Ah yes, cat kigurumi.
In our last top list discussion, we came at a realization just how overwhelmingly prevalent they really are in every possible direction, nook, and cranny of the anime realm. Almost as if the whimsical feline form is showing us a near-perfect representation of the holy and revered deities of the internet.
In fact, we have just begun skimming the surface of its entire reality. In this article, I would like to present to you the five essentials of cat kigurumi that is almost (seemingly) universal in any anime that they randomly pop in.
1. Complementary Pairs
Why settle for one, when you can have both? If there is one type of animal kigurumi onesie that would feature a matching pair (barring any specific licensed stuff), it would almost always be a cat kigurumi. Sometimes one, at more opportunities both. Obviously, there would consistently be a design incentive, to keep the two kigurumi color schemes or basic design separate. But in certain occasions, the exact same kigurumi can be worn by the two characters on screen.
Situation-wise, the presentation of such cat kigurumi pairs would entirely depend on the context of the specific anime that they appear in. But there would always be a constant element of polar opposition. Not just for the aforementioned kigurumi color schemes or designs. But the actual state of mind or personality of the characters themselves.
The personality flipping quirk even extends to pairs where only one kigurumi is a cat kigurumi. For example, dog x cat kigurumi pairs would often show two indirect rivals, or two characters with wildly different "intellectual aptitudes" (hint: the dog usually gets the shorter end of the stick).
2. Disposition, Temperament, and Nature
The idea of matching the animal-theme of a kigurumi to a certain character is definitely not new or even surprising. But for the stereotypically aloof, moody, and lazy felines, the requirement to match a fictional individual's personality somewhat becomes more common.
The first and foremost rule, of course, is to match the character's laziness. The lack of "activity inertia" is, more often than not, the biggest determining factor whether the series would throw a kigurumi on a specific character or not. Second is fickleness. Unpredictability plays really well into these situations, with even more bonus points if the cat kigurumi wearer could maintain their lazy ass deadpan delivery with absolute sense and perfection.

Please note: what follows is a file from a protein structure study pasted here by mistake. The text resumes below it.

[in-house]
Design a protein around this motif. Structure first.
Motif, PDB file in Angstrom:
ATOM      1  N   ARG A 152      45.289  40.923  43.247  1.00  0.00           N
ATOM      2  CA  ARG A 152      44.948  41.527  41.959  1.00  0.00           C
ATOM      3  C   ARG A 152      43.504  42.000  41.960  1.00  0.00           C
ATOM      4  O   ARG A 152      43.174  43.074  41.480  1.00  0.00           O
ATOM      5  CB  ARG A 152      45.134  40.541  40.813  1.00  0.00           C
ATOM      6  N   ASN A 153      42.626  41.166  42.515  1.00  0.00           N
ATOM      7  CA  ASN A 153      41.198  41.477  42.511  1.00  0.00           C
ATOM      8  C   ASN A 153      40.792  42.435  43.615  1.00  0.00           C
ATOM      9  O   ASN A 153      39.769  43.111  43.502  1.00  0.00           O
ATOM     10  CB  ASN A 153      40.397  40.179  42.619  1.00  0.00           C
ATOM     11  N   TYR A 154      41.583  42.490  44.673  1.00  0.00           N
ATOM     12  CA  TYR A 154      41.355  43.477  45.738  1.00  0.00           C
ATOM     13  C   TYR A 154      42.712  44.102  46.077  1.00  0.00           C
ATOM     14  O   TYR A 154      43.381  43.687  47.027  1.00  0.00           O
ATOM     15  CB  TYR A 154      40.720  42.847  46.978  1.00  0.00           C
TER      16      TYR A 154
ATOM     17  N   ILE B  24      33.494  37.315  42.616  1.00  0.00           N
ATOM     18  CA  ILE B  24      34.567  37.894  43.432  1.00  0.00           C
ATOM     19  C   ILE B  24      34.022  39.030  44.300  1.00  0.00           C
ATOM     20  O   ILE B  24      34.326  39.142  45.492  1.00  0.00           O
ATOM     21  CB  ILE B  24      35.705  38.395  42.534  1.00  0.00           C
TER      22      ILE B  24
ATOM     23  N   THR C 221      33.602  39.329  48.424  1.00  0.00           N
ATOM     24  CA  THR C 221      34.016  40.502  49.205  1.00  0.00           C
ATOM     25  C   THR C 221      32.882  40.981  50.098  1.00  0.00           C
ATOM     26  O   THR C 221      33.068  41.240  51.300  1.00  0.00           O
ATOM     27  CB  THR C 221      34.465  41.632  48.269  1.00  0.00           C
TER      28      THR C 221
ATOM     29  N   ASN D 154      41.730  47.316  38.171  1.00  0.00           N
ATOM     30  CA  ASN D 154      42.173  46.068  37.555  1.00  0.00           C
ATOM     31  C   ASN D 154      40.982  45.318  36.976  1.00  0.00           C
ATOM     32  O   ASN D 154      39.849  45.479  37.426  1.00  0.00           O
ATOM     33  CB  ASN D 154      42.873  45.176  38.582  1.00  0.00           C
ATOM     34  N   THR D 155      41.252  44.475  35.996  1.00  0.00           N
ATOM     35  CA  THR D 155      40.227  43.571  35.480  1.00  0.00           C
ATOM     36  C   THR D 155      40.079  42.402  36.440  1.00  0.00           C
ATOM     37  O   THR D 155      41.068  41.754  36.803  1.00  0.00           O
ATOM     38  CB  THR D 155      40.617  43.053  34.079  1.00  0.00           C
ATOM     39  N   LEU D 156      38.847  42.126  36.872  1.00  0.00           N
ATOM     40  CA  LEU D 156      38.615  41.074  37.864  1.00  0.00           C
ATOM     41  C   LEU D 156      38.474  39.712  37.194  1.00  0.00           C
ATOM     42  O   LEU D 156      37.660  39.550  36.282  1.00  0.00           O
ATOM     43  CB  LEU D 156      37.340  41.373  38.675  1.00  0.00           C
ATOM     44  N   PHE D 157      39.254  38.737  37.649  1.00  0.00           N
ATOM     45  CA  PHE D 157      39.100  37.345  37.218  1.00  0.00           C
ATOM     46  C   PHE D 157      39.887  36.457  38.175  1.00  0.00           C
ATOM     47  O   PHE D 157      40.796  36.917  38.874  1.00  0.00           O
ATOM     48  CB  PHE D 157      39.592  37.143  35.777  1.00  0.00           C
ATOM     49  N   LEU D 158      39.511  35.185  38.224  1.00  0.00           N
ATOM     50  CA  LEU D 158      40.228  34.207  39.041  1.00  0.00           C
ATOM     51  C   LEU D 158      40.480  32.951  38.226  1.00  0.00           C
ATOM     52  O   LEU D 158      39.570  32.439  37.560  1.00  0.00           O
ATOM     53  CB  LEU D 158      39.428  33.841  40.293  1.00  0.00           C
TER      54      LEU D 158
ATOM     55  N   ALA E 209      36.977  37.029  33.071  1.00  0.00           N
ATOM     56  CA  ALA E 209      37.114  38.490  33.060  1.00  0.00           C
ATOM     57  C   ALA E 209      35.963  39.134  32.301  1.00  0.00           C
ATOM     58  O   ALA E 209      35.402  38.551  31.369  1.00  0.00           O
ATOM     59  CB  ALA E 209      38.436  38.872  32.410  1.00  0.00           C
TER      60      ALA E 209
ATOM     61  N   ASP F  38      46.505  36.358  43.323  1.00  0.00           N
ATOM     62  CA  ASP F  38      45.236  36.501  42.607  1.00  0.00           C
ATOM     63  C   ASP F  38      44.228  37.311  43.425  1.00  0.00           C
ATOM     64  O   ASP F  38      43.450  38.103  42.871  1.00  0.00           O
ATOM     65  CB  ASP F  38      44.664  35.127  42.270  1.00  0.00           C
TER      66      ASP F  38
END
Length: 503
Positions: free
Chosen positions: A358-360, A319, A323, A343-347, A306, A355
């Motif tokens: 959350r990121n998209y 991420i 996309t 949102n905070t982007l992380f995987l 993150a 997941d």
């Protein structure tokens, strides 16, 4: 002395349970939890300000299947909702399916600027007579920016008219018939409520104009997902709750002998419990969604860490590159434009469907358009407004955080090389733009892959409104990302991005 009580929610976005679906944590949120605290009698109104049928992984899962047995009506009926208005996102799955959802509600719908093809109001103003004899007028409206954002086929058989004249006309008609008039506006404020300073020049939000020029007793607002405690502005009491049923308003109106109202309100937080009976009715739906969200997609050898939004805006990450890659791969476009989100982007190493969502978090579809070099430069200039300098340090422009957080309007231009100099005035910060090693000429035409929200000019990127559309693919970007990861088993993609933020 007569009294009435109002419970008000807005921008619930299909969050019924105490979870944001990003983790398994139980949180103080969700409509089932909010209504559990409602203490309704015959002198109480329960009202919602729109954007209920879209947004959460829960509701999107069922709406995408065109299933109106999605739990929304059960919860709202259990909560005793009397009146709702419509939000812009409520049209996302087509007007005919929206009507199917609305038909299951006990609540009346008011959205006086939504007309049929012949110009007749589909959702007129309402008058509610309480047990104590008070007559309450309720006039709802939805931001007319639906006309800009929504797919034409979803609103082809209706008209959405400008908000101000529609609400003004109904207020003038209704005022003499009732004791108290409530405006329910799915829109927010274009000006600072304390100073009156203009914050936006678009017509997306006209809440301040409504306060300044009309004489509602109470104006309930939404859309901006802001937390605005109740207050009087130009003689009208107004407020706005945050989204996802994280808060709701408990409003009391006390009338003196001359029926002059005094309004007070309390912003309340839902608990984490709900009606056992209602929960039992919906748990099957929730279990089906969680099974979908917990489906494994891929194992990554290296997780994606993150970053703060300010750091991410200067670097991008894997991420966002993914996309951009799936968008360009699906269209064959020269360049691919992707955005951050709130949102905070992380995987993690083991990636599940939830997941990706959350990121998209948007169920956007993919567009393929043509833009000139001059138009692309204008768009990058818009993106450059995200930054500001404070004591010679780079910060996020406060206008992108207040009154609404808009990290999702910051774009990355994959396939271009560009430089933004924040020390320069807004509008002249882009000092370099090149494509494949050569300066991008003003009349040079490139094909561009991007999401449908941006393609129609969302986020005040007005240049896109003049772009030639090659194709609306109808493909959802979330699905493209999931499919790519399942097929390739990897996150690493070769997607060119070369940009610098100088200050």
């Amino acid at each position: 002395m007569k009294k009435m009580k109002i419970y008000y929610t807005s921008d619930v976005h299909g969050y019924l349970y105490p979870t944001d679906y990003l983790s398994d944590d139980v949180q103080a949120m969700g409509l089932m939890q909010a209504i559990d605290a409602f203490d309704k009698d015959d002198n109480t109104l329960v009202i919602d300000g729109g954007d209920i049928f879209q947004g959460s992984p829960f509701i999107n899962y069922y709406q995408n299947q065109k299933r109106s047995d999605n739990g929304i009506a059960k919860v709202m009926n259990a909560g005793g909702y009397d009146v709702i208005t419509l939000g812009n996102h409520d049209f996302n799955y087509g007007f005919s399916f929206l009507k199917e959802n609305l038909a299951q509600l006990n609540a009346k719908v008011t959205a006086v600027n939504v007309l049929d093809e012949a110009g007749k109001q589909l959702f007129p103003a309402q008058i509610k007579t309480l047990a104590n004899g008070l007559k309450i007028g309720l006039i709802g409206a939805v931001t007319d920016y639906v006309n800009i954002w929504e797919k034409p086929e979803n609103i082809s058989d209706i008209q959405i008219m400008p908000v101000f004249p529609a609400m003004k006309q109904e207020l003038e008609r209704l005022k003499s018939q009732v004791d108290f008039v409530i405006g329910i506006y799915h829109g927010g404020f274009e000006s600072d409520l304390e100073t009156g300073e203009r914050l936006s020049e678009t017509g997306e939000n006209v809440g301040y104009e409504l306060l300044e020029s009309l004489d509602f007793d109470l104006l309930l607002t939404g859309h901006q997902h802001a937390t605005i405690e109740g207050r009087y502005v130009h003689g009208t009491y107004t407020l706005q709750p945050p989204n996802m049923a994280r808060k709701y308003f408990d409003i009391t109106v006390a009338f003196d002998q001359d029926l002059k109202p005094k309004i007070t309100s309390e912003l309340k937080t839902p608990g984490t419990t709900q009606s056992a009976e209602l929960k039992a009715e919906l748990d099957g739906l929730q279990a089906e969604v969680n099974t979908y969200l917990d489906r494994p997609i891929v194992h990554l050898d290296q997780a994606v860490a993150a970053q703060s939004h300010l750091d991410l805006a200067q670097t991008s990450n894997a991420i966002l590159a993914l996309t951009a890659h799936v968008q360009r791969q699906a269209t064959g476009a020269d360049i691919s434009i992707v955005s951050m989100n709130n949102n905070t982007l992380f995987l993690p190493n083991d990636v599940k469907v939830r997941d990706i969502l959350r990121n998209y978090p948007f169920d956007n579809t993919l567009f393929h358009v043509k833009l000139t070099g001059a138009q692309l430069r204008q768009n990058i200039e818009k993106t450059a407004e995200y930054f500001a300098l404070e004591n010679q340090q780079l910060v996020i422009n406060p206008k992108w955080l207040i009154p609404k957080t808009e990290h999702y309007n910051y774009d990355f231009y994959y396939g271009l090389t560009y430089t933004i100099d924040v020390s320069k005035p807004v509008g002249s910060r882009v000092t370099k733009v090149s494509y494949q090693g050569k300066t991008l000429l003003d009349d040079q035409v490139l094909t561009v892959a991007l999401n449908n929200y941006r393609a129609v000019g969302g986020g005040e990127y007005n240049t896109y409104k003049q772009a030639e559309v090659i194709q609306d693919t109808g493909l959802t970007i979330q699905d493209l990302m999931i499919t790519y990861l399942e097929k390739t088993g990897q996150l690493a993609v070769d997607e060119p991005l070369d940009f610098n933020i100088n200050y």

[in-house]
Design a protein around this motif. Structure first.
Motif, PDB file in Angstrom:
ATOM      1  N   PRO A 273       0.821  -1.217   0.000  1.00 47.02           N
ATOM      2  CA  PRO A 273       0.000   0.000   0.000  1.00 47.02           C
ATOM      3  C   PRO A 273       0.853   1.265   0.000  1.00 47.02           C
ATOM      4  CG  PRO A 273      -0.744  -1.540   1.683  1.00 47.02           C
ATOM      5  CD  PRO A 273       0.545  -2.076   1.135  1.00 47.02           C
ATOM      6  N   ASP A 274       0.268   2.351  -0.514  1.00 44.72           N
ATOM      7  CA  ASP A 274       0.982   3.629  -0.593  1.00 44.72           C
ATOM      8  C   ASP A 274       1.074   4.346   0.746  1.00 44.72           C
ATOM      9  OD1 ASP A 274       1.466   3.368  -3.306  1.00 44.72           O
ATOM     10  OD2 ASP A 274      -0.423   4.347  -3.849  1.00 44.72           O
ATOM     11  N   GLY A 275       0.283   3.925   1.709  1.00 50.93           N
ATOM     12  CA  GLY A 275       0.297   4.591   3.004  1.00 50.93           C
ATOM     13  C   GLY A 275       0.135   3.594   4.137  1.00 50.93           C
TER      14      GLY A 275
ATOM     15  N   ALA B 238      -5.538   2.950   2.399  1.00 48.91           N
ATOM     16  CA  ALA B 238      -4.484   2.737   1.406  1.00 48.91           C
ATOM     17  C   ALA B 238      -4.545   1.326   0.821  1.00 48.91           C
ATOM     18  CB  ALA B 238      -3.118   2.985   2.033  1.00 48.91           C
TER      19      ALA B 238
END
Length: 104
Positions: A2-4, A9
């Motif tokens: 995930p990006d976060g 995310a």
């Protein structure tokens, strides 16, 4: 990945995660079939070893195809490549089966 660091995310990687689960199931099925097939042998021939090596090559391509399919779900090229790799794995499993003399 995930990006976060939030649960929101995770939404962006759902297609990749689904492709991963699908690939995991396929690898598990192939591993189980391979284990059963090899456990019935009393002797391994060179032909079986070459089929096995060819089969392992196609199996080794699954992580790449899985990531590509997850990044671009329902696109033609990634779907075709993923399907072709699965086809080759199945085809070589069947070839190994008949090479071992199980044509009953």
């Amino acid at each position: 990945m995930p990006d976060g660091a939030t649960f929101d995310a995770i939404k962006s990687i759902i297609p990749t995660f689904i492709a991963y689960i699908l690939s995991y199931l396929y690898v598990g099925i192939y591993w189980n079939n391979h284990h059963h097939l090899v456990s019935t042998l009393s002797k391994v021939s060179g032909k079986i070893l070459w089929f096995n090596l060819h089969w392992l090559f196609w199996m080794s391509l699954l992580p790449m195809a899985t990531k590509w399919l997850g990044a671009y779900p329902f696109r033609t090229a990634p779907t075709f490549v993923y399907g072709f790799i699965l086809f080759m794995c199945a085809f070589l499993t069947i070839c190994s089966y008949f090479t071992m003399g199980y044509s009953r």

Of course, it's not always just being moody and lazy. Sometimes, simply the wild and rowdy attributes of hyperactive cats can be used to amplify the impact of a character wearing a kigurumi.
Well, to some extent at least.
Then again, turning the personality dial way past acceptable levels would often result in cat kigurumi being skipped altogether, with a different kigurumi probably taking their place for a better match.
3. Black is Obligatory
But not everything about the popularity of cat kigurumi is about deep personality analysis, or even setting complementary backdrops. Sometimes, the series just wants a good ol' classic black cat kigurumi onesie into the mix. Why black? Black is cool and edgy, I guess.
But seriously, in the same manner that black can easily look more formal than white clothing elements, a black cat kigurumi would also be able to combine cool and cute elements in just one single package. Well okay, in that regard they're not always pure black, but you get the point.
Although I don't know, maybe the statistical popularity of black cat kigurumi really is just more of a coincidence. Because color-wise...
4. Wacky Colors are Eye Poppers
Real-life domestic animals are a colorful bunch, whether they are bred naturally, artificially... or even supernaturally. Famous cats in literature, such as the Cheshire Cat, might originally have a realistic fur color when first introduced. But in time, more and more updated representations show them in wackier and fancier colors, giving rise to the fantastical nature of their existence within their respective stories and legends.
In fact, even in our own humble shop, there is no shortage of whimsical themes that represent our cat kigurumi in colorfully alternative ways. The now-elusive Pastel Dream Cat, Rainbow Kitty, or even your friendly household Lucky Cat.
So yup, anime don't even need to present cat kigurumi with realistic colors. Almost any color will do, so long as the combination isn't too lame, or is essentially complementary. Either to each of the colors used, or to the characters wearing the kigurumi themselves.
Add extra points if the cat kigurumi also happens to be a licensed kigurumi, whether in-universe or here IRL!
BONUS: They Can Just Go Wild
Lastly, to end this list of cat kigurumi essentials, we shall briefly glance into the final element that is directly related to cats themselves: the wildness factor. Because, surprise, surprise, their larger carnivorous relatives can also be considered as cats, and thus cat kigurumi.
And so, we shall leave two simple examples here. The first specimen is none other than Jaguarman herself. Literally wild in more than just the sense of the word, maybe even beyond her mental capacity. The second is the lovable brother of Jiro, the honest and straightforward Koma himself. This time sporting a cheetah kigurumi, and accompanied by the actual real thing (a bit later).
That makes it one of the rare cat kigurumi pair to directly wear part of themselves, don't you think?